During a calf-roping competition, the following takes place. The calf is released from a chute, given a head start, and then the rider on the horse takes off after it. When the lasso touches the calf, the horse stops, and the rider dismounts. After the rider dismounts, the horse begins moving backwards, to put some tautness in the lasso rope that is around the calf. Meanwhile, the rider holds the calf down and quickly ties three of its legs together with a short rope that he most likely has been holding in his teeth the entire time (this rope is known as a “tie-down rope” or “piggin’ string”). After that, the rider gets back on the horse and loosens the lasso rope. If the rope on the calf’s legs holds the calf for at least six seconds, then the rider is still in the competition.

Calf roping cannot be done without the horse. He is the major actor. As stated before, it is necessary that the horse is strong, but the horse also needs to be calm, responsive, and gentle. A calf-roping horse will obey commands to move, stop, and back up quickly. He will be trained to respond to pressure cues on his legs and neck.

Teaching a horse to calf rope may take years. You or a professional at the stables should spend at least 30 minutes a day training the horse.

The first step in training a calf-roping horse is to get him jaded to having ropes flying all around him. A good way to do this is to trail a rope after him while he walks or gallops around a round pen. Then, practice throwing a rope out in front of the horse while riding him around the pen.

The second step is training the horse to stop and back up. You can either use a dummy cow or a log to do this. Lasso the dummy or the log and teach the horse to stop when the lasso hits the target and then to start backing up to make the rope taut as soon as you dismount. Teach him to back up slowly, so as not to pull the calf off its feet when you begin roping real calves.

After he gets good at stopping and backing up, put a few old, slow cows in the pen to get the horse used to following them. Use just your hands and legs to direct the horse as he follows the cows. After the horse is following your hand and leg cues correctly, start lassoing the cows and teach the horse to react the same as he did with the dummy or the log.

Once the horse is doing well with the old, slow cows, do the same exercises using younger, faster cows. Your horse should now be ready to help you rope some calves.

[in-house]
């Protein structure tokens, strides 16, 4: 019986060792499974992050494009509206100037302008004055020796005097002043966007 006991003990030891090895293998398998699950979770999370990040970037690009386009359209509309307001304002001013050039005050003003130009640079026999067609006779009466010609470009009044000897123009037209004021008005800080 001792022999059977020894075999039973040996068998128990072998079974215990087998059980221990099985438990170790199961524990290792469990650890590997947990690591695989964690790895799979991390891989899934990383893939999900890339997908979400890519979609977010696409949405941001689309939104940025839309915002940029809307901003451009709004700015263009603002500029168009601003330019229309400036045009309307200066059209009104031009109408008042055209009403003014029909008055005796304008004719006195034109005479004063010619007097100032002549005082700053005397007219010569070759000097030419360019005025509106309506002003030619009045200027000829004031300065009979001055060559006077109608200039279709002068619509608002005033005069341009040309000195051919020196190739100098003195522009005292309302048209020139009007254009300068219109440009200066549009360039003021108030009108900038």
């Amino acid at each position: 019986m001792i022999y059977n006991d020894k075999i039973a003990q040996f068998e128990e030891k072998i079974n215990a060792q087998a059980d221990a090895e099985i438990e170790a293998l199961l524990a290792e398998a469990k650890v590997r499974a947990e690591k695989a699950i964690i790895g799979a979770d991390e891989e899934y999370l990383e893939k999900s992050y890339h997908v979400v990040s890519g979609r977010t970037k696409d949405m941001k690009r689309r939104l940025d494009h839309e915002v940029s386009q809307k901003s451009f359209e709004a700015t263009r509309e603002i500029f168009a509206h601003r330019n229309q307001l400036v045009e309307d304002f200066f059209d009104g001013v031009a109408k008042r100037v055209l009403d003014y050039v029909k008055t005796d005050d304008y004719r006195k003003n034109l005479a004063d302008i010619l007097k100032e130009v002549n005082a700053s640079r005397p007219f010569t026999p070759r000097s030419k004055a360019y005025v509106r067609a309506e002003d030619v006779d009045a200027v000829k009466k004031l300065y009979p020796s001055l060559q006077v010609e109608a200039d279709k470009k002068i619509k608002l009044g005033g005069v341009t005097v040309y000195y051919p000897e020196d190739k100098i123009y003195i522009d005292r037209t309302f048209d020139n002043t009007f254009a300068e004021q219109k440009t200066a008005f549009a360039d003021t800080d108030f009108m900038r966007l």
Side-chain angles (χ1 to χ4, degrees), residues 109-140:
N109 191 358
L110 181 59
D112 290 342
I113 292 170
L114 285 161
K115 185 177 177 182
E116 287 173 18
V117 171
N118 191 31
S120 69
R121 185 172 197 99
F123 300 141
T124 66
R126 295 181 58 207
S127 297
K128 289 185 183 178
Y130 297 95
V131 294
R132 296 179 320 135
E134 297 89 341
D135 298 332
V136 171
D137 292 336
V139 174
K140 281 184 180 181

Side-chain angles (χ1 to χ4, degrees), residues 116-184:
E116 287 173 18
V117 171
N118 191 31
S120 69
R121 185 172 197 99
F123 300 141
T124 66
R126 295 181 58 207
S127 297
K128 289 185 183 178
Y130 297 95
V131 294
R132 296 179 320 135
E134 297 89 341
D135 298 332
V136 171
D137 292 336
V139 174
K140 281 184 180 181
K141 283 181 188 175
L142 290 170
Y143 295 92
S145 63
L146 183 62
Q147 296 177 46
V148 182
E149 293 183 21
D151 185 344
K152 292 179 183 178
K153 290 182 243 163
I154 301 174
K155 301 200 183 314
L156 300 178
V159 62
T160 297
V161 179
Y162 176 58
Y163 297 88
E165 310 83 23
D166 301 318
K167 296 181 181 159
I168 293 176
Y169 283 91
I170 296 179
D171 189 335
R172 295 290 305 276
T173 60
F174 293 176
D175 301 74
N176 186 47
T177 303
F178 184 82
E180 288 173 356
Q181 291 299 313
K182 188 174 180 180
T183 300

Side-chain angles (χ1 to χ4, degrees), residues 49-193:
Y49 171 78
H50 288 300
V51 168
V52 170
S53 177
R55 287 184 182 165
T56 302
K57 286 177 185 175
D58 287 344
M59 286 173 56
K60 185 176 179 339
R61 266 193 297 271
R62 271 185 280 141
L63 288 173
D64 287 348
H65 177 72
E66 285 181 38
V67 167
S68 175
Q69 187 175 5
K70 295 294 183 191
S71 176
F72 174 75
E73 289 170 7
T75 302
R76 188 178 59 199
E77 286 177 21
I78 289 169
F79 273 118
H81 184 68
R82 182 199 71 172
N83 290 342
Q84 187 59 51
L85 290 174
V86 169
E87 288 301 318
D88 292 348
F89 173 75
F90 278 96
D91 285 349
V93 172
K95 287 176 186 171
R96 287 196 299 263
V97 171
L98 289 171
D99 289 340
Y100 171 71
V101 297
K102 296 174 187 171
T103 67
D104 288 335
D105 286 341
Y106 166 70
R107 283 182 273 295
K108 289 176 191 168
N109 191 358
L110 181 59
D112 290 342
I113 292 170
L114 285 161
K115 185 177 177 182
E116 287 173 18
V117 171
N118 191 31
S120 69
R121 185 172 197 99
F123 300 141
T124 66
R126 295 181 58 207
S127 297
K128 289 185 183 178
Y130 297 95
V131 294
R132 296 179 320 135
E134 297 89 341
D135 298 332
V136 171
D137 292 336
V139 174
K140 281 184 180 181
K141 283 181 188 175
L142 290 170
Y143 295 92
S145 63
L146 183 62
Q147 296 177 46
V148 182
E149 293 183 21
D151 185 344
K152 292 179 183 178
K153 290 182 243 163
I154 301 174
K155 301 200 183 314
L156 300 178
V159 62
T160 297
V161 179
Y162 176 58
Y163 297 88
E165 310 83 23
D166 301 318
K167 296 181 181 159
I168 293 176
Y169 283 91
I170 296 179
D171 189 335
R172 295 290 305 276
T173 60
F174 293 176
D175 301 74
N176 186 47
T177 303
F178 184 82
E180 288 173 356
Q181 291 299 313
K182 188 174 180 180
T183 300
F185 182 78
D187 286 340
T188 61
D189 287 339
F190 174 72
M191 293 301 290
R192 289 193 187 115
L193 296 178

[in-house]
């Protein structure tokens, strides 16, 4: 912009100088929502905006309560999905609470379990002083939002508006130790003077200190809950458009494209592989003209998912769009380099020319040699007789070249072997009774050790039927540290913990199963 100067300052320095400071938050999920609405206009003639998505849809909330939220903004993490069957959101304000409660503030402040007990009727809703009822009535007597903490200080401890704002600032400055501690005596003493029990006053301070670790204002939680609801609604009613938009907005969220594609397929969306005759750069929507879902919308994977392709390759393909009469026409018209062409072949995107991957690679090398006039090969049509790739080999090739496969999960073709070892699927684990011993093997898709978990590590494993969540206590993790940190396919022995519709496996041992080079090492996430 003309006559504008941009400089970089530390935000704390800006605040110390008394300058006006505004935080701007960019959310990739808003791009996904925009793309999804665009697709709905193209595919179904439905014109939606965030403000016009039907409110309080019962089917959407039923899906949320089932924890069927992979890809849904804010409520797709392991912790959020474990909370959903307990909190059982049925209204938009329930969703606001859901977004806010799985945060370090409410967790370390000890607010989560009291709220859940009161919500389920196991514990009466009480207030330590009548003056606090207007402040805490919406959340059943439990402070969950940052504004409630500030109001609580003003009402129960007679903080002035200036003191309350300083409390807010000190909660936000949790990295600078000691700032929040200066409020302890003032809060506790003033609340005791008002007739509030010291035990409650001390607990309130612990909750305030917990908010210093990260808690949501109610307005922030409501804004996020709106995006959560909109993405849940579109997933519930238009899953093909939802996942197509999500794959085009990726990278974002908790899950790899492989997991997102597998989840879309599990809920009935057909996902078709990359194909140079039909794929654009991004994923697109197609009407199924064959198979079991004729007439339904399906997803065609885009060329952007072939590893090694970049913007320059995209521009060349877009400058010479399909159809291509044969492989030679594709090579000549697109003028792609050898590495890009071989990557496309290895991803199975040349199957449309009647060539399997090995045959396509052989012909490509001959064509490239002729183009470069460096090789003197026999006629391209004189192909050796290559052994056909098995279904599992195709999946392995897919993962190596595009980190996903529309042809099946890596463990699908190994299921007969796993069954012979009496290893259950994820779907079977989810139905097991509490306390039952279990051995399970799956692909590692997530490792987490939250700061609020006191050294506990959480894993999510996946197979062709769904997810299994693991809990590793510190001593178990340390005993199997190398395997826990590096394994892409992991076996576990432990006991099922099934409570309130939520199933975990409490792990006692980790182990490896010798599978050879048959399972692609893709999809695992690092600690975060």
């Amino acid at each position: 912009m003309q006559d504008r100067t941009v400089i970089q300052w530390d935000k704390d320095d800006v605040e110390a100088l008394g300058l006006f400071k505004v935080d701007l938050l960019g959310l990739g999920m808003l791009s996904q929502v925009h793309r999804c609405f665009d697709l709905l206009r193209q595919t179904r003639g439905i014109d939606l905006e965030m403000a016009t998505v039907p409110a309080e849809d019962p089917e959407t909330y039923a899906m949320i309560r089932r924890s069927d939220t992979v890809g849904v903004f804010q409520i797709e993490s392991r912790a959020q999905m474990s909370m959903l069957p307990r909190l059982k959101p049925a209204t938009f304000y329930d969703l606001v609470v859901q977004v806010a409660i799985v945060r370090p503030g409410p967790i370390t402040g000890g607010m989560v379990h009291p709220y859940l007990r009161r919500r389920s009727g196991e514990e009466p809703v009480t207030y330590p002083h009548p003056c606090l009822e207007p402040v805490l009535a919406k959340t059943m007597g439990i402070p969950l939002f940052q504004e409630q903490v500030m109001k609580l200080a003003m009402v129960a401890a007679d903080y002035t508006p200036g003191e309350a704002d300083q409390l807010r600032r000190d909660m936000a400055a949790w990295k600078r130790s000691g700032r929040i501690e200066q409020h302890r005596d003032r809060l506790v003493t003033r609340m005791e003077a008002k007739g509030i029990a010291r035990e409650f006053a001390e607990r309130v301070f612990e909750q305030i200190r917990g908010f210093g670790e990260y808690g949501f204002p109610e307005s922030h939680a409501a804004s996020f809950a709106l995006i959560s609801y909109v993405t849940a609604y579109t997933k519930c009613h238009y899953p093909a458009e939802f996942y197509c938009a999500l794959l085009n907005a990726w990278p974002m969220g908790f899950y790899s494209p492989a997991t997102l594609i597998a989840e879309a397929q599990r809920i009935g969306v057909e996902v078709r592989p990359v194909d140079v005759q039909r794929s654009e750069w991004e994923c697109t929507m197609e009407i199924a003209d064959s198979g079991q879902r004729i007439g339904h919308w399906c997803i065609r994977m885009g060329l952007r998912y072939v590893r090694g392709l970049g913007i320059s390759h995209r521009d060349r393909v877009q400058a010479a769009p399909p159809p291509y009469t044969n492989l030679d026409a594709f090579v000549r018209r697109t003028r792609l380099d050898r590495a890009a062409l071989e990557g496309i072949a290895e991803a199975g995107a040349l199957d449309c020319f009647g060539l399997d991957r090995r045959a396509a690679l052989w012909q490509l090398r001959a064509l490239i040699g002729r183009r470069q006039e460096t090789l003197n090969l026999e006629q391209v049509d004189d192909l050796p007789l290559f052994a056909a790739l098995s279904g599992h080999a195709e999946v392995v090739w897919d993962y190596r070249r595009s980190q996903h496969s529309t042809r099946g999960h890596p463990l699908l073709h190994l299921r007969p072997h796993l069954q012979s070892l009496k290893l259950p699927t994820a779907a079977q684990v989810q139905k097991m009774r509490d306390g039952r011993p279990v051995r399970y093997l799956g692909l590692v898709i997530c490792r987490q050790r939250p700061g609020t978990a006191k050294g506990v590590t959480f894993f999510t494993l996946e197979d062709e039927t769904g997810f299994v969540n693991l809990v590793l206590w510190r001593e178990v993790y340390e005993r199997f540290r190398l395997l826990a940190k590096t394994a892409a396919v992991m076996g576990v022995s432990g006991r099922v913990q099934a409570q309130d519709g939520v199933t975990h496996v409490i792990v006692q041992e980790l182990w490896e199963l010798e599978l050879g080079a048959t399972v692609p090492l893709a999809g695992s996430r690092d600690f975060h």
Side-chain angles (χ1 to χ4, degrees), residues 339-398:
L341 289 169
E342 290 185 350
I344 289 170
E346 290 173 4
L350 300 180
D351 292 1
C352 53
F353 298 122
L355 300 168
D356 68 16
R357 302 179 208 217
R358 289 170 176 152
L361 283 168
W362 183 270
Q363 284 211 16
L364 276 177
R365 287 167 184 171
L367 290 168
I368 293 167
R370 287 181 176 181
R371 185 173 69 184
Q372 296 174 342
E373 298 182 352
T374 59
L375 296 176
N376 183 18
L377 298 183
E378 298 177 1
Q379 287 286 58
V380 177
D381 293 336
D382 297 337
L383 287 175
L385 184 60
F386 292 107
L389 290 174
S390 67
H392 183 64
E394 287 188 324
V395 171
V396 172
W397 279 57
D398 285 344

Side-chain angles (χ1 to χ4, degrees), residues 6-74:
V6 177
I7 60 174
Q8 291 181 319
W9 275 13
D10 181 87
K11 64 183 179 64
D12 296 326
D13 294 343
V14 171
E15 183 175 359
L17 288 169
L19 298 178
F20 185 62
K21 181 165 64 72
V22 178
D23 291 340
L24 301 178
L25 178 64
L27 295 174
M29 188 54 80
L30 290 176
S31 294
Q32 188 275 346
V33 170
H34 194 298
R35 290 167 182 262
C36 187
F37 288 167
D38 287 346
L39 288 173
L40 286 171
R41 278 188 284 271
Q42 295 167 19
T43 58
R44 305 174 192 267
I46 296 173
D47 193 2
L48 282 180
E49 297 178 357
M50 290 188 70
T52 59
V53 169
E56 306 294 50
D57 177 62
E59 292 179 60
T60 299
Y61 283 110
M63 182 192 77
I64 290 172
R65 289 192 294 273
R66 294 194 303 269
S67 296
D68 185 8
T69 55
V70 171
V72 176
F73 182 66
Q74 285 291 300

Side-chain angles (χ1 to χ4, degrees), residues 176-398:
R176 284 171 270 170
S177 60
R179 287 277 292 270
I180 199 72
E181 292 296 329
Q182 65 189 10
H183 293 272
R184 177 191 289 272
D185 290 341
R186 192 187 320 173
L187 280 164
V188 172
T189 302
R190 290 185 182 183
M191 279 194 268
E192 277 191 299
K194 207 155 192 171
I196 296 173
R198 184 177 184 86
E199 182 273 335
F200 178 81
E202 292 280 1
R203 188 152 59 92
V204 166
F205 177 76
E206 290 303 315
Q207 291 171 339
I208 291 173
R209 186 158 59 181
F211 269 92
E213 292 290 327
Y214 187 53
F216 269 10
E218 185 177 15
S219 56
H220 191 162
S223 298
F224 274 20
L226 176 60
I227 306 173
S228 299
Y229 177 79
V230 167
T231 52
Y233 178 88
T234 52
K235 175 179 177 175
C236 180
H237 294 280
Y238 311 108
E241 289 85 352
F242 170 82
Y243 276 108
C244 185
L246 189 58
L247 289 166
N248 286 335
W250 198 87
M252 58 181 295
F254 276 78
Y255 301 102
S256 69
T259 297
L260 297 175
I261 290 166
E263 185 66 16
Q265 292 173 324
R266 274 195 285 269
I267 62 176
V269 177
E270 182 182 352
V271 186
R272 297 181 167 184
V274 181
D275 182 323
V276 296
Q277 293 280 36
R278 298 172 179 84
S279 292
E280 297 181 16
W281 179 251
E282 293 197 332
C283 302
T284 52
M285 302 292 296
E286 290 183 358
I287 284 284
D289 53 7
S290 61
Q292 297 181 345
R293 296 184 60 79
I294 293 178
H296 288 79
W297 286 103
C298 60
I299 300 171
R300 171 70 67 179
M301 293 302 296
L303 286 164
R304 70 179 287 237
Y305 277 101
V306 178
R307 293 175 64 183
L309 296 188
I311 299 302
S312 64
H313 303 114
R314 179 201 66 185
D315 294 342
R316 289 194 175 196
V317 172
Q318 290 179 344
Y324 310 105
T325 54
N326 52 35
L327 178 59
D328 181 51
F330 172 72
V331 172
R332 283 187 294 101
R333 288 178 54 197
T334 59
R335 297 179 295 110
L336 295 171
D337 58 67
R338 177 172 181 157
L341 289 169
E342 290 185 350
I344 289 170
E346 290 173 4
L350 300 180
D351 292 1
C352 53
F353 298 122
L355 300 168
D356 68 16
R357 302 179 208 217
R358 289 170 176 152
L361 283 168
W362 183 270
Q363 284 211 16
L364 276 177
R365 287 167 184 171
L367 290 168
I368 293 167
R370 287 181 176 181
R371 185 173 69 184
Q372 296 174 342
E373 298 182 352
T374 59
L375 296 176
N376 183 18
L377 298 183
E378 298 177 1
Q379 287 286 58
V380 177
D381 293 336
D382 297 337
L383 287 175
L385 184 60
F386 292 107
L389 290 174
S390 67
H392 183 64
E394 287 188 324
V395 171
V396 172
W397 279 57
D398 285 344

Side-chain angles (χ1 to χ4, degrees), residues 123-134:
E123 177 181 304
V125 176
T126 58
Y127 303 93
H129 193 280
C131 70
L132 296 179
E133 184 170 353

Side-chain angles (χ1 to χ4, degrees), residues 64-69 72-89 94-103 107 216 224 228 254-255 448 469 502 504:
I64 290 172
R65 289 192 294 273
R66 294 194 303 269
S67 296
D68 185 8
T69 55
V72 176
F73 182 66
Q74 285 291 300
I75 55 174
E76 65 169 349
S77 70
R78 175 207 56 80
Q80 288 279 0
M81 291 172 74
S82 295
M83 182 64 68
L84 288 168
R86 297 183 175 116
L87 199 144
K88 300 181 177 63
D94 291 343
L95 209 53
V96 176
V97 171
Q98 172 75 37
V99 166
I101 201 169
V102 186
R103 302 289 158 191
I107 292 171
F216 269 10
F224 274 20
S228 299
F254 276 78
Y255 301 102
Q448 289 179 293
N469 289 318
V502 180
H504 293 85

In any kind of training or work involving cattle, such as ranch roping, always remember to refrain from training your horse to be aggressive in any way to the cattle. A horse that can get along well with cattle will serve you better in competitions and in handling livestock.

How to Build a Stronger Relationship with Your Horse

trail challengeA good way to train your horse to be less clumsy and more agile and confident is to compete in trail challenges. Not only do trail challenges promote skills that will make your horse a better riding horse, but it also will develop a stronger relationship between you and your horse.

Some trail challenges take place on a six to eight-mile trail, utilizing both natural and man-made obstacles. Other trail challenges take place in an arena, with only man-made obstacles.

If the challenge takes place in an arena, some examples of the types of obstacles offered will be crossing a pile of poles without knocking a pole down, walking over a tilting bridge, or having the horse turn itself around on a small pedestal.

If the challenge takes place on a long trail, the obstacles will include streams, bridges, walking up and down hills, dragging a log, opening and closing gates.

To equip your horse properly for trail challenge training, you need a comfortable saddle that fits your horse well, a saddle pad, bridle, and bit.

The first important step in training is to teach your horse to walk slowly. He will not be able to move quickly when he needs to go through a trail obstacle. Therefore, his first lesson must be to slow down and move carefully.

Next, you will teach your horse how to use a neck rein instead of a direct rein. In other words, you will teach your horse to respond to your body cues rather than the actual reins. This keeps your hands free to do other things when you are on the trail or in the challenge arena.

Next, put some poles on the ground and teach the horse to step carefully over the poles. This is an important lesson as the horse learns to think about where he steps.

A lot of ranches offer trail trials to get you and your horse ready for a real trail challenge. All sorts of practice obstacles are offered at a trail trial – bridges, gates, water, terrain, slides, step-overs, ditches, jumps and side passes.